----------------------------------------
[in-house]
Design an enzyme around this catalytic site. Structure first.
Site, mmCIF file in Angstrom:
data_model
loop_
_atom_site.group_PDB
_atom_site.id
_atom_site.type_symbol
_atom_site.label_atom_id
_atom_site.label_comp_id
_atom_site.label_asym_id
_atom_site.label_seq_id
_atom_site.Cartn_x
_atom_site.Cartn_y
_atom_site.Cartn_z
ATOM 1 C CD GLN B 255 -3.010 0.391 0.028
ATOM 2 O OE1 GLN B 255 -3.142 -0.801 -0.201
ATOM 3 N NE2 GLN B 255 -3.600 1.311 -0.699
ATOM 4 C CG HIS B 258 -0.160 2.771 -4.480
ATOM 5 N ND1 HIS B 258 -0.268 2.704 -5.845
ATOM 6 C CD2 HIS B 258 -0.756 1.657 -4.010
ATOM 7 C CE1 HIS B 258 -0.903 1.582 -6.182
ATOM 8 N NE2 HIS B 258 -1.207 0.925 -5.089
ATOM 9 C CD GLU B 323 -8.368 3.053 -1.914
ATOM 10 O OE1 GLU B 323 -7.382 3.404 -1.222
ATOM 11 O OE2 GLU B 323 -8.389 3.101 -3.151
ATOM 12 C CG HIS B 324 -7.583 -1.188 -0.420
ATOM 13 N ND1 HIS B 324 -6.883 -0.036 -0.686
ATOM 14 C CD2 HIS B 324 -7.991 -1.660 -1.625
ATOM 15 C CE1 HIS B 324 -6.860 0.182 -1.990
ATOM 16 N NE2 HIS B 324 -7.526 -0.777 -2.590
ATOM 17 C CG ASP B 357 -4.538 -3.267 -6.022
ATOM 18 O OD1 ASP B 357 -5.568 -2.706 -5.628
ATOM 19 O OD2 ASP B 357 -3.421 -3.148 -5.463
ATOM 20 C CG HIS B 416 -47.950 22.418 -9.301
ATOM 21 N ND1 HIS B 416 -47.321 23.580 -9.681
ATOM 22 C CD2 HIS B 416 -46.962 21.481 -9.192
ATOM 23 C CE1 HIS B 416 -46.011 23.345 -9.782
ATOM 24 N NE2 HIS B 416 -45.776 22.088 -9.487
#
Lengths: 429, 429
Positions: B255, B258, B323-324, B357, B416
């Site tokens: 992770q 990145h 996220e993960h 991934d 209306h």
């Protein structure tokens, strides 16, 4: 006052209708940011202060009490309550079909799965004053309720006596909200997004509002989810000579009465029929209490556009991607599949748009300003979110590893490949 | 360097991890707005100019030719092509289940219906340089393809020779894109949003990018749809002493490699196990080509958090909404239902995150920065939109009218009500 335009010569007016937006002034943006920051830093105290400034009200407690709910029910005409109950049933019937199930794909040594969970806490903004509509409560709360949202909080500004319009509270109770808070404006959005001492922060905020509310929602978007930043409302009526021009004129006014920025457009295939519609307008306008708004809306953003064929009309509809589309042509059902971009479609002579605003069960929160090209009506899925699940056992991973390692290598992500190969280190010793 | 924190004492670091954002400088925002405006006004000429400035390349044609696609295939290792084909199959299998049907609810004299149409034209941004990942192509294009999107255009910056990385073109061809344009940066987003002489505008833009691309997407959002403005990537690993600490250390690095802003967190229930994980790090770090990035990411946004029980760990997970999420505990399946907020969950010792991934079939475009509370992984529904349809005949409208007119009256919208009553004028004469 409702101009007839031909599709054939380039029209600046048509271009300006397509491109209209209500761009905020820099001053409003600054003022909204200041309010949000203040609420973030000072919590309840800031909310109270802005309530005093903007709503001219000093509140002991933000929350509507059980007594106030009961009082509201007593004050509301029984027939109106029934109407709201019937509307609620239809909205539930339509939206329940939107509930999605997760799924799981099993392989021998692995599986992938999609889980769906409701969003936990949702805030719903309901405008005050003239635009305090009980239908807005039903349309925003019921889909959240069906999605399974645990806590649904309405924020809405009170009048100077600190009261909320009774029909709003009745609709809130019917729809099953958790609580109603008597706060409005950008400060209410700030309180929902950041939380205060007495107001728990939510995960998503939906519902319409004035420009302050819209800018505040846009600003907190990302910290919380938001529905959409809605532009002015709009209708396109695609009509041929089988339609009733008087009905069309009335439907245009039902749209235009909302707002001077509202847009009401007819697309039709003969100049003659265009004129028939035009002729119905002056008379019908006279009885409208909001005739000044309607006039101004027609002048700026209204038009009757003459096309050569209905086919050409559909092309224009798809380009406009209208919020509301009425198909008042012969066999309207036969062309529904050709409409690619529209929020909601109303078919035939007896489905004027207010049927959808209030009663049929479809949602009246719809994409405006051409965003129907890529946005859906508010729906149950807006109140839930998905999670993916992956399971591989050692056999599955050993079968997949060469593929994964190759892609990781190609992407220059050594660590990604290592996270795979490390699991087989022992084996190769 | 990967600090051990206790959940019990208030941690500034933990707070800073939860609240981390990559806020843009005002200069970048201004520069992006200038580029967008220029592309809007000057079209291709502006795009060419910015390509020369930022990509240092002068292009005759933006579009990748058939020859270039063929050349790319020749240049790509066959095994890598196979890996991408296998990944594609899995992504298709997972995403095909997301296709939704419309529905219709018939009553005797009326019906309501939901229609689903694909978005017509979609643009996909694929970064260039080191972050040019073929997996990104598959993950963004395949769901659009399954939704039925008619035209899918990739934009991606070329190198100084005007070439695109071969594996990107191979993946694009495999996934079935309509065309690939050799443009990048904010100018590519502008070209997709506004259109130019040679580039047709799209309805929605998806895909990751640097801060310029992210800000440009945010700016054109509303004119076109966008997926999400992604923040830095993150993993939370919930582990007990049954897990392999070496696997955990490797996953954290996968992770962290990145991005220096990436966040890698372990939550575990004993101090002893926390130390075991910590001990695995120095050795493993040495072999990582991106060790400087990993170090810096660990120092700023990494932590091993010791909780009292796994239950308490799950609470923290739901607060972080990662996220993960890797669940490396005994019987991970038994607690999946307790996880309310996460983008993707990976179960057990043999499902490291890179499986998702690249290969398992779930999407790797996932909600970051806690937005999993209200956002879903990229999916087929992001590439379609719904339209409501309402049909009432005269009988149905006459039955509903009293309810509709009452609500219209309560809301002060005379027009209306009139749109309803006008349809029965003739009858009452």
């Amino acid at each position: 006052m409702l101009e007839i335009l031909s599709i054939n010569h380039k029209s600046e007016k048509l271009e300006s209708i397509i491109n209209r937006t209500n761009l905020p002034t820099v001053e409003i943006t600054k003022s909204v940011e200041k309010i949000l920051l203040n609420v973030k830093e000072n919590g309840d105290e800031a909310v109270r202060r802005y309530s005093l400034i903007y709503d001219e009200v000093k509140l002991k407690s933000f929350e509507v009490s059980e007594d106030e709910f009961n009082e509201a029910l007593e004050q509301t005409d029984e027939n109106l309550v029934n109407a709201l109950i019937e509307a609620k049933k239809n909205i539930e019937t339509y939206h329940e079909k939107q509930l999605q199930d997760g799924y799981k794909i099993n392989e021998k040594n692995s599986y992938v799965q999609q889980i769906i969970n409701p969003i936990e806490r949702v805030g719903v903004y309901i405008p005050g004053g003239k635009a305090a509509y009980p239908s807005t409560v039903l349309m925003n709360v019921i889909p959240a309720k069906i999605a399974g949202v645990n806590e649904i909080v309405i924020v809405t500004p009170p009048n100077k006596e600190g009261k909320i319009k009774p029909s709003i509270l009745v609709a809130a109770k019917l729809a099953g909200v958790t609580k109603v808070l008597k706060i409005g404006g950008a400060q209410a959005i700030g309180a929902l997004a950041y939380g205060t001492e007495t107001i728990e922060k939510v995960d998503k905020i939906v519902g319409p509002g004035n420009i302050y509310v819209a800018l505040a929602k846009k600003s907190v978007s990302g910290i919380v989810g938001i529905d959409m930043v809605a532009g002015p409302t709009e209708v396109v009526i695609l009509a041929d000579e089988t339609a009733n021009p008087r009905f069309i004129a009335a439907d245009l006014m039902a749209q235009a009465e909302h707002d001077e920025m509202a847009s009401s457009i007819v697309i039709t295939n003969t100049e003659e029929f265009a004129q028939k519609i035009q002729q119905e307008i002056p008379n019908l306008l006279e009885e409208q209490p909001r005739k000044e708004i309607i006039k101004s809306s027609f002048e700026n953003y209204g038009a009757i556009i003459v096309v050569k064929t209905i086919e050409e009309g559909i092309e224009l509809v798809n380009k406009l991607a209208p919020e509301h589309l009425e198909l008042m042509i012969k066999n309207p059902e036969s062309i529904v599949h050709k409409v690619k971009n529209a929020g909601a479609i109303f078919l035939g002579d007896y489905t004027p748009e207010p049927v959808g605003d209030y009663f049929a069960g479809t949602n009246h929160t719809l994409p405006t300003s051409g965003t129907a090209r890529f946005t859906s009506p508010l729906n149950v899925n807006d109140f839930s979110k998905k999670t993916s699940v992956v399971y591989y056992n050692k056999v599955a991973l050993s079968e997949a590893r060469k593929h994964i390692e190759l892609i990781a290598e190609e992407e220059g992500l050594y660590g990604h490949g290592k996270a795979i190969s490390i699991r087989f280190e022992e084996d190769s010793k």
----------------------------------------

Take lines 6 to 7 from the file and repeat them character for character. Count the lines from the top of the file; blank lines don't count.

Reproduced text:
_atom_site.group_PDB
_atom_site.id